Reducing the amount of ash taken up with forage at harvest should be a priority for growers, said Dan Undersander University of Wisconsin extension forage specialist.

“Dairymen are more and more concerned about the ash content of their hay. It provides minerals but no calories, so the concern is that ash takes the place of nutrients on a one-to-one basis: One percent ash is 1% less TDN. Nutritionists are trying to squeeze every bit of energy they can into that ration and if that cow’s eating an extra pound of dirt, that’s one less pound of nutrients. And that’s less milk,” he said.

“When we look at samples that come into our forage testing labs, hay samples are running about 10% ash on the average. Grasses contain about 6% ash, so they have about 4% dirt. You all ought to be able to put up hay with about 2% ash.” One sample tested 18% ash, he added. “This man was feeding his cows almost 1 lb of dirt for every 4 lbs of hay. Do you think they were going to milk very well?”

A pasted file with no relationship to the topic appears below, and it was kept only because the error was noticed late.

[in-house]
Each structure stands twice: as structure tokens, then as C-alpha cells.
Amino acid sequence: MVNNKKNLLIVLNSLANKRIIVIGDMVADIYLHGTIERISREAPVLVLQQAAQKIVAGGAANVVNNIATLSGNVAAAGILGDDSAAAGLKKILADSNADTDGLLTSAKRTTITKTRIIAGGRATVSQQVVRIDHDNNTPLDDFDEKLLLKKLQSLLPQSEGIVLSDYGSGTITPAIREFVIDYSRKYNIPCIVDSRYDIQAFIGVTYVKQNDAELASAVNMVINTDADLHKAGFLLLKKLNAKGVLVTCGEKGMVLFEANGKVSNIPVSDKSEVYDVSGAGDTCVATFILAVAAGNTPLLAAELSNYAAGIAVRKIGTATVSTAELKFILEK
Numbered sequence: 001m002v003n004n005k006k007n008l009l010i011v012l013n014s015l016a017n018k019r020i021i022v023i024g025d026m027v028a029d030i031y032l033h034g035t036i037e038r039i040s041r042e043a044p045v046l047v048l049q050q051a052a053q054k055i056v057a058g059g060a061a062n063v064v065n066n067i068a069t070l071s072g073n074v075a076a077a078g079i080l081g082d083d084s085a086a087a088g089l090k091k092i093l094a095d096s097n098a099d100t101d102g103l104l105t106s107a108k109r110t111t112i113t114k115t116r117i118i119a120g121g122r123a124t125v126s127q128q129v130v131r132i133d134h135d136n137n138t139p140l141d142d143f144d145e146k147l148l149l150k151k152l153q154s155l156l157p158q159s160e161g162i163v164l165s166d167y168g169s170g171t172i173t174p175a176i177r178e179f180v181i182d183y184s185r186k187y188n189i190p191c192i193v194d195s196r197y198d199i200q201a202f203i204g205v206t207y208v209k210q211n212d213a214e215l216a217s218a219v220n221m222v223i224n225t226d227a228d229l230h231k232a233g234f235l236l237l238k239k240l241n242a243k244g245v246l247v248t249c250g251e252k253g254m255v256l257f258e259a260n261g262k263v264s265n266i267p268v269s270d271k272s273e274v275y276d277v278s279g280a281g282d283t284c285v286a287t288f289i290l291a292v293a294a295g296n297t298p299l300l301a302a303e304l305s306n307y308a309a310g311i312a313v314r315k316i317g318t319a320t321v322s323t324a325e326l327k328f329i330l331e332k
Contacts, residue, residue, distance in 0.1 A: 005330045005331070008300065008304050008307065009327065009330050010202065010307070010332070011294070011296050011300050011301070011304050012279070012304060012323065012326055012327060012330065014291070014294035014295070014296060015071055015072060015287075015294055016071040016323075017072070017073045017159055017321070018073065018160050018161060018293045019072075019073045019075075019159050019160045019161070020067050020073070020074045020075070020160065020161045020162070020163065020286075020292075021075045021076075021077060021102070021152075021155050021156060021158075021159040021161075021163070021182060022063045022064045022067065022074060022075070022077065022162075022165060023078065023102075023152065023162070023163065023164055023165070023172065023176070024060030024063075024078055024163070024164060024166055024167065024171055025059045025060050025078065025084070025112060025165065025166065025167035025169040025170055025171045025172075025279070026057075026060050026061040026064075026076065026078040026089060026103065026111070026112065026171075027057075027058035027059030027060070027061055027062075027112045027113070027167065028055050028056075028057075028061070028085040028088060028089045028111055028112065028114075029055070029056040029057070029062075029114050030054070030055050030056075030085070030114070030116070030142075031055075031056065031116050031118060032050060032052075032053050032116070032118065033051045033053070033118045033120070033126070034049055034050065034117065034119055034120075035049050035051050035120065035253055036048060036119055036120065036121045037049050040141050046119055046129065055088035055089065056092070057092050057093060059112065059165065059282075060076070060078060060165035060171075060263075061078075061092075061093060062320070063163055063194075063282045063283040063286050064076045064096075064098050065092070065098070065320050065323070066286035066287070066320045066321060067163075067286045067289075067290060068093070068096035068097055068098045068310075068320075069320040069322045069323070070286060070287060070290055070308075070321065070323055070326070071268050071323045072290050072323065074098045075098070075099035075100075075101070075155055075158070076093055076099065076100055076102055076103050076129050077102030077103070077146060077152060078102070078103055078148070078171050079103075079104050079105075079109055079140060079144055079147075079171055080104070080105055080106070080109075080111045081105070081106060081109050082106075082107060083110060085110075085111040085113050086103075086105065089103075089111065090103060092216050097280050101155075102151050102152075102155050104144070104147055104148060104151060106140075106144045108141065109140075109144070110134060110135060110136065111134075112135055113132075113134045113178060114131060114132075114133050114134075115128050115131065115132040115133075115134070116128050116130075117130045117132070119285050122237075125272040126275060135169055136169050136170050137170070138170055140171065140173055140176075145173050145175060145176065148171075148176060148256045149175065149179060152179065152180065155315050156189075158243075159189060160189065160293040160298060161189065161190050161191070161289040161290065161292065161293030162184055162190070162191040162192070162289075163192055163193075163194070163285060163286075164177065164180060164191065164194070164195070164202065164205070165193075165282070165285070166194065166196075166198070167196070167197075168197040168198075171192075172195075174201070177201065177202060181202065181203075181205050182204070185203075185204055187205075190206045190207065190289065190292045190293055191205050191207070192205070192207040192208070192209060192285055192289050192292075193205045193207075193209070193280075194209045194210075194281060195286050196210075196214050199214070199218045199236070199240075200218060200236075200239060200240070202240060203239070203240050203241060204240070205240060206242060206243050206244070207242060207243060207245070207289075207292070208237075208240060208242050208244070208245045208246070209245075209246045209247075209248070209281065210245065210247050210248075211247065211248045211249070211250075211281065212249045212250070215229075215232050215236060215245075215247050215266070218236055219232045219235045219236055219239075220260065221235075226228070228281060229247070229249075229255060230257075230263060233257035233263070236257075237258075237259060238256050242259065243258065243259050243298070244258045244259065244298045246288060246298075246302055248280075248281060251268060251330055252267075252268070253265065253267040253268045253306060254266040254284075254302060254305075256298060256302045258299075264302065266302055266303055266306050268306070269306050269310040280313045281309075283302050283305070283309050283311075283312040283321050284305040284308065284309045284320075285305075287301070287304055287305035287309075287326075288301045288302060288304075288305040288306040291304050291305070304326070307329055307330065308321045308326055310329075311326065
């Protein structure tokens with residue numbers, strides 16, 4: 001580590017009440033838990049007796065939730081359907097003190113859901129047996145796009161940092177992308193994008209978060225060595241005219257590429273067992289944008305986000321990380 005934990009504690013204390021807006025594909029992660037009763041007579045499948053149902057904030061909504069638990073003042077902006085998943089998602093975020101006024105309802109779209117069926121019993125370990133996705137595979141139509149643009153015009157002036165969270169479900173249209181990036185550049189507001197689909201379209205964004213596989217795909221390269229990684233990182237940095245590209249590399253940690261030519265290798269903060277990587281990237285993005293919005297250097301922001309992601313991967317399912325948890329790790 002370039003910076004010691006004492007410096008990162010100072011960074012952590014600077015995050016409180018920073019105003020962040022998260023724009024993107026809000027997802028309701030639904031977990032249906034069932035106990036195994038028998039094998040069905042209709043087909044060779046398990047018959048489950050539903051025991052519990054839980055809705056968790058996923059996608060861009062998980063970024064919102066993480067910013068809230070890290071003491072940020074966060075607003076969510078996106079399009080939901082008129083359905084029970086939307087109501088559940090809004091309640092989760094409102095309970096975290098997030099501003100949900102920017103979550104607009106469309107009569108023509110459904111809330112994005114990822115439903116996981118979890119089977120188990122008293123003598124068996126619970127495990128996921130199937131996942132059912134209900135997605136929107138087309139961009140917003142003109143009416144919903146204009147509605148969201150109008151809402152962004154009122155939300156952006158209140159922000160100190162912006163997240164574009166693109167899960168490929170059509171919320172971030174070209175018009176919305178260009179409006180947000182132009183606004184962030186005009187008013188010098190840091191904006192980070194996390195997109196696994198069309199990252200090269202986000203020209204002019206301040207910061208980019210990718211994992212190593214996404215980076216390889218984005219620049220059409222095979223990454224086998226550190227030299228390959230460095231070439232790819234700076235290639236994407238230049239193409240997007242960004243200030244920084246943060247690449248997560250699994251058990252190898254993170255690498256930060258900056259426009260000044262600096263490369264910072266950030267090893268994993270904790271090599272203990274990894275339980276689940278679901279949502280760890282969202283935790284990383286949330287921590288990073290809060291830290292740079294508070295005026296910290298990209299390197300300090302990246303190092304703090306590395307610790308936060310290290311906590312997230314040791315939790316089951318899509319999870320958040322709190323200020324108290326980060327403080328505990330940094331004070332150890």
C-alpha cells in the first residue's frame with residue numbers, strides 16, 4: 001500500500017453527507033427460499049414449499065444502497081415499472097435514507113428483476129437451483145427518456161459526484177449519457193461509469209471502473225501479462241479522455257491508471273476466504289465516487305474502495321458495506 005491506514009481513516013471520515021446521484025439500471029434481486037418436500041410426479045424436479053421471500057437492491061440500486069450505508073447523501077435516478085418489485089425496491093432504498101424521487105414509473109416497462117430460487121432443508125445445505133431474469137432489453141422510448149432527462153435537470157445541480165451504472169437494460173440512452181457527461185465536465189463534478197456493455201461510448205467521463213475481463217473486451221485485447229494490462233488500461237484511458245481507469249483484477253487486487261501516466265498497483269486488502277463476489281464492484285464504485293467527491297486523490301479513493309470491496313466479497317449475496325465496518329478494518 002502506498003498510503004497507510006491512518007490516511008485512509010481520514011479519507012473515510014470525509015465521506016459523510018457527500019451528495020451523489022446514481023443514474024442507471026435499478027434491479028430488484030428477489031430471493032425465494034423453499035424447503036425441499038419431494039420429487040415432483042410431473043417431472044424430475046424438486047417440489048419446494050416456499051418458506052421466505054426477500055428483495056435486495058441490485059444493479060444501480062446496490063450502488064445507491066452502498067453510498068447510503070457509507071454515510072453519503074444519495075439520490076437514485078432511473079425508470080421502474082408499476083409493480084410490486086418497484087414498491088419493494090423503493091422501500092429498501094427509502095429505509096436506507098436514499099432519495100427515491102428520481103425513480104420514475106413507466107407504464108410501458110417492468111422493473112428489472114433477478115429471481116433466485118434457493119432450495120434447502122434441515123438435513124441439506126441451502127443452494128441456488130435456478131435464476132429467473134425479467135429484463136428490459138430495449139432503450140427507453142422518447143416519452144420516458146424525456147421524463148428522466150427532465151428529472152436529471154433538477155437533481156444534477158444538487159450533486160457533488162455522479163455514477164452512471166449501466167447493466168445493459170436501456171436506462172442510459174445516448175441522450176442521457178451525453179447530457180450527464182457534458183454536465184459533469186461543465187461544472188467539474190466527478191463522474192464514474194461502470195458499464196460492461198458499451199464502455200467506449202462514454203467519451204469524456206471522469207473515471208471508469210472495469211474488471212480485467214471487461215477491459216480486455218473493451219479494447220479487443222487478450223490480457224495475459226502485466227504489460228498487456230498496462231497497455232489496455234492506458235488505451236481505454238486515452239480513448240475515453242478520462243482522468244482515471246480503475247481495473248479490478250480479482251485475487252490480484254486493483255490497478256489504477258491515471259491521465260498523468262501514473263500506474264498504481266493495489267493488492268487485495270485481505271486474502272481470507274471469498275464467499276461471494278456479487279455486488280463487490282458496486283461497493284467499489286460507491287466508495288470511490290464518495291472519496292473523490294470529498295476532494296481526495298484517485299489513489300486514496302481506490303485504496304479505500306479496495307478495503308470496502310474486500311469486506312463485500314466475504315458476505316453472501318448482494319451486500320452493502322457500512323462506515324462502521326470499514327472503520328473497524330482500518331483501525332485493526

Wide swathing creates less ash content in forage than narrow windrowing because wide swaths lie on stubble while fuller windrows sag to the ground, research has shown.

When using disc mowers, growers should pay attention to cutting height. “Our data has shown that for alfalfa, the lower you cut the more yield you get. But, clearly, as we cut below 2½”, we’re going to be picking up more dirt, especially on second and third cuttings when the soil is dry.”

If a grower’s market is particularly sensitive to soil contamination, he should consider using flat rather than angled knives on disc mowers, he added. An angled knife helps pick up the hay, but it also picks up more soil than a flat knife.

Wheel rakes, because they are wheel-driven, can easily add ash to hay, Undersander said. “So it’s important that you adjust the wheels so that they will float as much as possible and still pick up your hay.” Parallel and rotary rakes, in comparison, are power-driven and their teeth can be kept off the ground more easily.

Windrow mergers pick up hay and move it, but growers again have to be sure they’re not also incorporating soil when picking up the windrow, Undersander said.

Read more coverage from the National Alfalfa Symposium...